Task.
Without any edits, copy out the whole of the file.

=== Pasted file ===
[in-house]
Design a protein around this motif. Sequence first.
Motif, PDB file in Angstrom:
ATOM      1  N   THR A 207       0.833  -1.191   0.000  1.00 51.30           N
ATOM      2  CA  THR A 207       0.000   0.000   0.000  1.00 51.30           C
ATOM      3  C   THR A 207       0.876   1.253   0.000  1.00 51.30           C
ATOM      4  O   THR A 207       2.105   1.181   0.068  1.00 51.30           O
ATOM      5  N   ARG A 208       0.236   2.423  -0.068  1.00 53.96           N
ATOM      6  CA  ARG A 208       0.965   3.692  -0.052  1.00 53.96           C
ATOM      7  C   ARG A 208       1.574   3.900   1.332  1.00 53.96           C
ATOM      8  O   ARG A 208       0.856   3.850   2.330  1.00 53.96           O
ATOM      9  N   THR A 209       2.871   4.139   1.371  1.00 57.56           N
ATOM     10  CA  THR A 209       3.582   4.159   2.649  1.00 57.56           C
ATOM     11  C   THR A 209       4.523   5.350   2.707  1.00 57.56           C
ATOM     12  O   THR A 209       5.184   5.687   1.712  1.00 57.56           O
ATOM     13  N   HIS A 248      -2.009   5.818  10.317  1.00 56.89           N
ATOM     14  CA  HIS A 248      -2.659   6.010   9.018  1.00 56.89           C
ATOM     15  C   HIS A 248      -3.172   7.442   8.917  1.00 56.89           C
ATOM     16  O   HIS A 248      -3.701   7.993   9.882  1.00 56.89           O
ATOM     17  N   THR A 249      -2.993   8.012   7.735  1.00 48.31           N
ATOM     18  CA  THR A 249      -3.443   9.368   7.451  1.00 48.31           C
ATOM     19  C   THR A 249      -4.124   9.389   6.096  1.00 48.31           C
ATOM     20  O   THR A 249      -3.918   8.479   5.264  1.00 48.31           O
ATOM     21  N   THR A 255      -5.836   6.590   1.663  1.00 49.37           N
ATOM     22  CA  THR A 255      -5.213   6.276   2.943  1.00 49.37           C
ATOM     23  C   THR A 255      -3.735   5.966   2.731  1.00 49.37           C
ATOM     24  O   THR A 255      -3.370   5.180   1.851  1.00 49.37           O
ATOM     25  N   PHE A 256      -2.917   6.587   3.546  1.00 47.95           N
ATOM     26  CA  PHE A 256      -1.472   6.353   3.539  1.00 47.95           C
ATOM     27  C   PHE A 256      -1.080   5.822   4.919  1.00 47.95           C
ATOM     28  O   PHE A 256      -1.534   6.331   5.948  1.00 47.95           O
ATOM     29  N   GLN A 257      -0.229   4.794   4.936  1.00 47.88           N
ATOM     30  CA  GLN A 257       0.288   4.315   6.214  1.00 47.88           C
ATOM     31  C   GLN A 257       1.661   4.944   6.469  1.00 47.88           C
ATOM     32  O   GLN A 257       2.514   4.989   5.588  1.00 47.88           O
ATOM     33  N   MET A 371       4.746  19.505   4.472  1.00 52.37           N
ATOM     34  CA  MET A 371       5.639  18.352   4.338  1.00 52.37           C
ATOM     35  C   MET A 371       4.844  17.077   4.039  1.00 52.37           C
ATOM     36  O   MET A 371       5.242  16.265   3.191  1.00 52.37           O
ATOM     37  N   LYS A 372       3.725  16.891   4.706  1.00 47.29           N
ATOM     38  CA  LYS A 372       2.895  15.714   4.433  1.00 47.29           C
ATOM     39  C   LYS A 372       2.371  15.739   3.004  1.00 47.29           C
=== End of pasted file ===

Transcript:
[in-house]
Design a protein around this motif. Sequence first.
Motif, PDB file in Angstrom:
ATOM      1  N   THR A 207       0.833  -1.191   0.000  1.00 51.30           N
ATOM      2  CA  THR A 207       0.000   0.000   0.000  1.00 51.30           C
ATOM      3  C   THR A 207       0.876   1.253   0.000  1.00 51.30           C
ATOM      4  O   THR A 207       2.105   1.181   0.068  1.00 51.30           O
ATOM      5  N   ARG A 208       0.236   2.423  -0.068  1.00 53.96           N
ATOM      6  CA  ARG A 208       0.965   3.692  -0.052  1.00 53.96           C
ATOM      7  C   ARG A 208       1.574   3.900   1.332  1.00 53.96           C
ATOM      8  O   ARG A 208       0.856   3.850   2.330  1.00 53.96           O
ATOM      9  N   THR A 209       2.871   4.139   1.371  1.00 57.56           N
ATOM     10  CA  THR A 209       3.582   4.159   2.649  1.00 57.56           C
ATOM     11  C   THR A 209       4.523   5.350   2.707  1.00 57.56           C
ATOM     12  O   THR A 209       5.184   5.687   1.712  1.00 57.56           O
ATOM     13  N   HIS A 248      -2.009   5.818  10.317  1.00 56.89           N
ATOM     14  CA  HIS A 248      -2.659   6.010   9.018  1.00 56.89           C
ATOM     15  C   HIS A 248      -3.172   7.442   8.917  1.00 56.89           C
ATOM     16  O   HIS A 248      -3.701   7.993   9.882  1.00 56.89           O
ATOM     17  N   THR A 249      -2.993   8.012   7.735  1.00 48.31           N
ATOM     18  CA  THR A 249      -3.443   9.368   7.451  1.00 48.31           C
ATOM     19  C   THR A 249      -4.124   9.389   6.096  1.00 48.31           C
ATOM     20  O   THR A 249      -3.918   8.479   5.264  1.00 48.31           O
ATOM     21  N   THR A 255      -5.836   6.590   1.663  1.00 49.37           N
ATOM     22  CA  THR A 255      -5.213   6.276   2.943  1.00 49.37           C
ATOM     23  C   THR A 255      -3.735   5.966   2.731  1.00 49.37           C
ATOM     24  O   THR A 255      -3.370   5.180   1.851  1.00 49.37           O
ATOM     25  N   PHE A 256      -2.917   6.587   3.546  1.00 47.95           N
ATOM     26  CA  PHE A 256      -1.472   6.353   3.539  1.00 47.95           C
ATOM     27  C   PHE A 256      -1.080   5.822   4.919  1.00 47.95           C
ATOM     28  O   PHE A 256      -1.534   6.331   5.948  1.00 47.95           O
ATOM     29  N   GLN A 257      -0.229   4.794   4.936  1.00 47.88           N
ATOM     30  CA  GLN A 257       0.288   4.315   6.214  1.00 47.88           C
ATOM     31  C   GLN A 257       1.661   4.944   6.469  1.00 47.88           C
ATOM     32  O   GLN A 257       2.514   4.989   5.588  1.00 47.88           O
ATOM     33  N   MET A 371       4.746  19.505   4.472  1.00 52.37           N
ATOM     34  CA  MET A 371       5.639  18.352   4.338  1.00 52.37           C
ATOM     35  C   MET A 371       4.844  17.077   4.039  1.00 52.37           C
ATOM     36  O   MET A 371       5.242  16.265   3.191  1.00 52.37           O
ATOM     37  N   LYS A 372       3.725  16.891   4.706  1.00 47.29           N
ATOM     38  CA  LYS A 372       2.895  15.714   4.433  1.00 47.29           C
ATOM     39  C   LYS A 372       2.371  15.739   3.004  1.00 47.29           C